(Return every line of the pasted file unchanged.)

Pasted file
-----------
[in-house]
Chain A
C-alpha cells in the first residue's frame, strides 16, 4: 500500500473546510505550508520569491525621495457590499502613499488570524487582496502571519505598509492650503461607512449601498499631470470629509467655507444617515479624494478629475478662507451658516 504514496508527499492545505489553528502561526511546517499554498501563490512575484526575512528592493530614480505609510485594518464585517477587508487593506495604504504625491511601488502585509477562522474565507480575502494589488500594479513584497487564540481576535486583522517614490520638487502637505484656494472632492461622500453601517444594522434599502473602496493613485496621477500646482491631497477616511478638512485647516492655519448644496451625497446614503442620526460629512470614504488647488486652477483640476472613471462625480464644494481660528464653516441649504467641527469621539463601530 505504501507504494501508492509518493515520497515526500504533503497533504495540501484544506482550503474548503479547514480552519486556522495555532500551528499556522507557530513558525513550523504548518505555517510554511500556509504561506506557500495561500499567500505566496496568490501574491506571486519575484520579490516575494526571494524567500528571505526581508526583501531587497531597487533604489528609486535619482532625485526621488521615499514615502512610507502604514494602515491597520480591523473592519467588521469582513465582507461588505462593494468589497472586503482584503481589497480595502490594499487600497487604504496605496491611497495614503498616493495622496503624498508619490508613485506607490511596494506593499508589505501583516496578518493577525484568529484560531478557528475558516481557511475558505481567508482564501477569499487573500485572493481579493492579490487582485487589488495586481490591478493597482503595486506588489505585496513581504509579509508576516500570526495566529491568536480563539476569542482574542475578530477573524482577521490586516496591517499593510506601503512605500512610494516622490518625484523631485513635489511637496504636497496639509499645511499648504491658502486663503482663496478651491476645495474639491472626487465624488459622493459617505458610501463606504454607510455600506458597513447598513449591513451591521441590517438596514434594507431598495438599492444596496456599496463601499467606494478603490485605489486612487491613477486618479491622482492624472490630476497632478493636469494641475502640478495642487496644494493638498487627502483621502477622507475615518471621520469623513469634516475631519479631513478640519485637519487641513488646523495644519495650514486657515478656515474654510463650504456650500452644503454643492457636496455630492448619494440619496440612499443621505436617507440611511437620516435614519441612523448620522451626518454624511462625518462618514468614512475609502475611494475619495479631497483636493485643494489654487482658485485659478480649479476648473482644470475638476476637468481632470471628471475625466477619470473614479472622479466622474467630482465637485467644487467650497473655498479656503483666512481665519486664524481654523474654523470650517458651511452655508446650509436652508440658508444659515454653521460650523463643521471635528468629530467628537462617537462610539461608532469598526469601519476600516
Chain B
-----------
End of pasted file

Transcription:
[in-house]
Chain A
C-alpha cells in the first residue's frame, strides 16, 4: 500500500473546510505550508520569491525621495457590499502613499488570524487582496502571519505598509492650503461607512449601498499631470470629509467655507444617515479624494478629475478662507451658516 504514496508527499492545505489553528502561526511546517499554498501563490512575484526575512528592493530614480505609510485594518464585517477587508487593506495604504504625491511601488502585509477562522474565507480575502494589488500594479513584497487564540481576535486583522517614490520638487502637505484656494472632492461622500453601517444594522434599502473602496493613485496621477500646482491631497477616511478638512485647516492655519448644496451625497446614503442620526460629512470614504488647488486652477483640476472613471462625480464644494481660528464653516441649504467641527469621539463601530 505504501507504494501508492509518493515520497515526500504533503497533504495540501484544506482550503474548503479547514480552519486556522495555532500551528499556522507557530513558525513550523504548518505555517510554511500556509504561506506557500495561500499567500505566496496568490501574491506571486519575484520579490516575494526571494524567500528571505526581508526583501531587497531597487533604489528609486535619482532625485526621488521615499514615502512610507502604514494602515491597520480591523473592519467588521469582513465582507461588505462593494468589497472586503482584503481589497480595502490594499487600497487604504496605496491611497495614503498616493495622496503624498508619490508613485506607490511596494506593499508589505501583516496578518493577525484568529484560531478557528475558516481557511475558505481567508482564501477569499487573500485572493481579493492579490487582485487589488495586481490591478493597482503595486506588489505585496513581504509579509508576516500570526495566529491568536480563539476569542482574542475578530477573524482577521490586516496591517499593510506601503512605500512610494516622490518625484523631485513635489511637496504636497496639509499645511499648504491658502486663503482663496478651491476645495474639491472626487465624488459622493459617505458610501463606504454607510455600506458597513447598513449591513451591521441590517438596514434594507431598495438599492444596496456599496463601499467606494478603490485605489486612487491613477486618479491622482492624472490630476497632478493636469494641475502640478495642487496644494493638498487627502483621502477622507475615518471621520469623513469634516475631519479631513478640519485637519487641513488646523495644519495650514486657515478656515474654510463650504456650500452644503454643492457636496455630492448619494440619496440612499443621505436617507440611511437620516435614519441612523448620522451626518454624511462625518462618514468614512475609502475611494475619495479631497483636493485643494489654487482658485485659478480649479476648473482644470475638476476637468481632470471628471475625466477619470473614479472622479466622474467630482465637485467644487467650497473655498479656503483666512481665519486664524481654523474654523470650517458651511452655508446650509436652508440658508444659515454653521460650523463643521471635528468629530467628537462617537462610539461608532469598526469601519476600516
Chain B